The sex work venue is generally regarded as indoor, outdoor, or both. Of the 13 studies that did not specify the venue, extrapolation was performed to determine the venue. Extrapolation was based on studies taking place in the same country or used information contained in the study or used other reliable sources (such as government websites). A total of 14 studies specifically mentioned indoor sex work as the type of venue in which sex workers conducted their business [, , , , , , , - , ]. A total of 6 additional studies were extrapolated to be indoor [ - , , , ]. Venues that were specified as “internet-based” [ ] or “web-based” [ ] were considered to be indoor sex work. Sex tourism was categorized as indoor based on the content of the study [ ]. A total of 3 studies mentioned outdoor (street-based) sex work [ , , ]; 2 were extrapolated to be outdoors [ , ]; and 8 studies addressed occupational health and safety for both indoor and outdoor (street-based) sex workers [ , - , , , ], with 5 studies extrapolated to be as such [ , , , , ]. Of the 41 studies, 23 (56%) addressed indoor sex work, 5 (12%) addressed outdoor sex work, and 13 (32%) addressed sex workers in both indoor and outdoor settings.
Legislative models pertaining to sex work for each country in the study are shown in. Legislative models are categorized as (1) full criminalization, (2) partial criminalization, (3) criminalization of purchase of sex, (4) regulatory models, and (5) full decriminalization (definitions included in the notes for ) [ ]. Sex work is deemed to be a criminal activity in 83% (10/12) of the countries in the papers selected for this study and is regulated in 17% (2/12) of the countries in the study.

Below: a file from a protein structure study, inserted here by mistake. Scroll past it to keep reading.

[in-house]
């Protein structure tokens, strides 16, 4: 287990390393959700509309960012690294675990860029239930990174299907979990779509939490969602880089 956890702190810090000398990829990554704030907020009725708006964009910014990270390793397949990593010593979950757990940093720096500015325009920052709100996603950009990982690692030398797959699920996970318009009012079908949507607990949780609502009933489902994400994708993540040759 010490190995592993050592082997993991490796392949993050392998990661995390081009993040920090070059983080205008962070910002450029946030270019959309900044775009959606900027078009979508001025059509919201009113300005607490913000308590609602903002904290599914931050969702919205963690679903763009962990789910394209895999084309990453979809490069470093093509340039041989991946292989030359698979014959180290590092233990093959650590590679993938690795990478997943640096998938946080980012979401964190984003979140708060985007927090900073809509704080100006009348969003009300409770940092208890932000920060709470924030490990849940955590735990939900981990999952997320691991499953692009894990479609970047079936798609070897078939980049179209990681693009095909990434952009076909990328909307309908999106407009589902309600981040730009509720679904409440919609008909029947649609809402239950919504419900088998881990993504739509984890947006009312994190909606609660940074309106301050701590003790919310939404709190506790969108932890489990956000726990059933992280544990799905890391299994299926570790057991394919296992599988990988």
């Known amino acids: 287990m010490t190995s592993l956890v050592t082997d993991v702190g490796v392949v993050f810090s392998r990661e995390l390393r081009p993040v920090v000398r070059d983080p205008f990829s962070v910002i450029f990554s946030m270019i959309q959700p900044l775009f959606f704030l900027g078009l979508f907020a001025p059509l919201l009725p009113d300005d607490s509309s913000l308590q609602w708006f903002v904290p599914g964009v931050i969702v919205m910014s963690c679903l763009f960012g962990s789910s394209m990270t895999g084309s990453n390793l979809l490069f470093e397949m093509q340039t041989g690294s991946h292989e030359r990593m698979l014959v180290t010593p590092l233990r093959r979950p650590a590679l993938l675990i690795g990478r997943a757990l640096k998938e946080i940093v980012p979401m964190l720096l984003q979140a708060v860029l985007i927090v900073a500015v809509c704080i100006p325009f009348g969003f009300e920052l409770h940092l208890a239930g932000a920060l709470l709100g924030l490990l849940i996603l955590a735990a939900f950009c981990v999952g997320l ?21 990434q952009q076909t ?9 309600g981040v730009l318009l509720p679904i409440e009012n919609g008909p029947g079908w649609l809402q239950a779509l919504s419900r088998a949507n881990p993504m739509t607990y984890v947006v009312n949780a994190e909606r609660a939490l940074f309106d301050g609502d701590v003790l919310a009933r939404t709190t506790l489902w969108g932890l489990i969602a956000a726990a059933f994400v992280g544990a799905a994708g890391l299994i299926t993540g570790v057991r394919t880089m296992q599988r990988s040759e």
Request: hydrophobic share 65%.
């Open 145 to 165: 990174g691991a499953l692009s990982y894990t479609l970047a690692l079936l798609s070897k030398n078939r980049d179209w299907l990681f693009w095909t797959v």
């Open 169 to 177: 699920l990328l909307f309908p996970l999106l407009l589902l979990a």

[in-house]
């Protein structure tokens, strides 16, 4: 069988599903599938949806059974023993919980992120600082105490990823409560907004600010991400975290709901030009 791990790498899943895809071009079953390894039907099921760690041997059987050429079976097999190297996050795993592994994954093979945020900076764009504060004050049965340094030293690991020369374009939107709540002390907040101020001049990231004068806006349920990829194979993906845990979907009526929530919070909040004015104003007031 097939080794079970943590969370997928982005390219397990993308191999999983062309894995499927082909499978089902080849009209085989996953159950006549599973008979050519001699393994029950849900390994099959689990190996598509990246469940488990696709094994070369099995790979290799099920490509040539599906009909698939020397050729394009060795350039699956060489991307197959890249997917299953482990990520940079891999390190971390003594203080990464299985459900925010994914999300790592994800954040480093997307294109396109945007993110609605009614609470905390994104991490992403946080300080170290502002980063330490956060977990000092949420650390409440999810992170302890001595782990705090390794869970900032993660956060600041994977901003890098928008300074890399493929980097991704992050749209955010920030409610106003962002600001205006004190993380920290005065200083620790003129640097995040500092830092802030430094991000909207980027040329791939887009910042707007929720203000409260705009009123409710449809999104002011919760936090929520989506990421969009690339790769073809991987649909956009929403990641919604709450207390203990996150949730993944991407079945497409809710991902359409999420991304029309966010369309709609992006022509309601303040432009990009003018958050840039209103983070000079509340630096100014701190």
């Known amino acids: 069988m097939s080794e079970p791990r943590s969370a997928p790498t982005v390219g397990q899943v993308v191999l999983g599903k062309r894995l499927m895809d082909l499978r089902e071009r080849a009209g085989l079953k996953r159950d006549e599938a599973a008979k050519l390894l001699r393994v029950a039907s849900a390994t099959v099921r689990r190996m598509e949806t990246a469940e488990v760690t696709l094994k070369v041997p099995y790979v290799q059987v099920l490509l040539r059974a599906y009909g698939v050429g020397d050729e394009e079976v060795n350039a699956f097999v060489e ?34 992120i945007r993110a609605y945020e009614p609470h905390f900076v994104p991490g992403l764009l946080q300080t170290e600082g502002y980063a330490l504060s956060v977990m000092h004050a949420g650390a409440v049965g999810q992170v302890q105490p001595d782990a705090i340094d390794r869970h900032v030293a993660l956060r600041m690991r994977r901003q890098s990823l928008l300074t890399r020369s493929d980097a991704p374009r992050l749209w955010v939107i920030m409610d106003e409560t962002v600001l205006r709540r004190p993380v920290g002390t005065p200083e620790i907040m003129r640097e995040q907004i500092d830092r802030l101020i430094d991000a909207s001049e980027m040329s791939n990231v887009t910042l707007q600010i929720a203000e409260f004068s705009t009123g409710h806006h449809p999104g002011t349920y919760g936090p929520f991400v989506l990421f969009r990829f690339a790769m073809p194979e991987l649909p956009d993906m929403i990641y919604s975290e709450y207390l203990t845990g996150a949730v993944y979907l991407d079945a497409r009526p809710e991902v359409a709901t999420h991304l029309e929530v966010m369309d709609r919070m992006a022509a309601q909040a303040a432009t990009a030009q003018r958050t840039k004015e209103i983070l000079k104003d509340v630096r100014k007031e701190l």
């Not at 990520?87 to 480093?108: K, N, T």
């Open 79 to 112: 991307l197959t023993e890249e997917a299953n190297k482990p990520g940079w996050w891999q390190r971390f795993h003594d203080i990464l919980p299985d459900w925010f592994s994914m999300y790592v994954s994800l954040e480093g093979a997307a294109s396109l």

|Cisgender woman||Cisgender man||Transgender individual||All genders||Not specified|
|STIb and HIV prevention and testing|
|STI prevention ||I&Oc||—d||—||—||I|
|STI testing [, , ]||Ie, I&O||—||—||—||—|
|STI: Syphilis ||—||I||—||—||—|
|Regular HIV testing [, ]||I&O||—||—||—||Of|
|HIV self-testing [, , ]||O, I||—||—||—||—|
|Reattend for HIV and STI testing ||—||—||—||—||I|
|HIV prevention [, , , , , , ]||I, I&O||I&O, O||—||I||—|
|Reduction of HIV and STI incidence ||I&O||—||—||—||—|
|ARTg adherence ||I&O||—||—||—||—|
|Safe sex practices with clients [, , , , ]||I, I&O||I||—||—||I, O|
|Condomless sex [, , , , ]||I||I, I&O||I (women)||I||—|
|Inconsistent condom use [, - ]||I, I&O||—||—||—||—|
|Risk management practices|
|Risk management [, , , ]||I||I||I (women)||—||—|
|Personal safety [, ]||—||I||—||I||—|
|Violence [, , ]||I, I&O||I||I (identify as men)||I||—|
|Violence prevention ||—||—||—||I&O||—|
|Virtual violence ||I||—||—||—||—|
|Electronic abuse ||I||—||—||—||—|
|Verbal abuse ||I||—||—||—||—|
|Harassment through verbal abuse, repeated or unwanted contact or attempts to contact through email, text, or social media ||—||—||—||I||—|
|Stalking through verbal abuse, repeated or unwanted contact or attempts to contact through email, text, or social media ||—||—||—||I||—|
|Attempts to underpay ||—||—||—||I||—|
|Sexual and reproductive health|
|Sexual and reproductive health [, , , ]||O, I||I||—||—||—|
|Health status [, , ]||I||I||—||—||—|
|Sex worker health ||—||—||—||I|
|HBVh prevention ||—||—||—||—||I|
|Drug use ||—||I||—||—||—|
|Stigma ||—||I&O||I&O (identify as men)||—||—|
aOHS: occupational health and safety.
bSTI: sexually transmitted infection.
cI&O: indoor and outdoor.
dNot available. Either no studies were found for a specific gender, or the studies found addressed all genders, or the studies did not specify a gender.
gART: antiretroviral therapy.
hHBV: hepatitis B virus.
|Countryc||Articles found, n (%)d||Full criminalization||Partial criminalization||Criminalization of purchase of sex||Regulatory models||Full decriminalization|
|South Africa e||1 (2)||✓|
|Zimbabwe e||N/Af||✓ |
|Mozambique e||N/A||✓ |
|Kenya [, , ]||3 (7)||✓ |
|India [, - , , , , ]||8 (21)||✓|
|Cambodia [, ]||2 (5)||✓ |
|China [, ]||2 (5)||✓ |
|Australia [, , , , ]||5 (12)||✓|
|United Kingdom [, , , , ]||5 (12)||✓|
|United Kingdom, Canada, and Australia ||1 (2)||✓ (United Kingdom)||✓ (Canada)||✓ (Australia)|
|Canada [, , ]||3 (7)||✓|
|United States [, - ]||5 (12)||✓|
|United States and Canada ||1 (2)||✓ (United States)||✓ (Canada)|
|United States and United Kingdom ||1 (2)||✓ (United States)||✓ (United Kingdom)|
|Mexico ||1 (2)||✓|
|Global [, ]||2 (5)|
|Unknown (country not specified) ||1 (2)|
|Total||41 (100)||5 countries||4 countries||1 country||2 countries||N/A|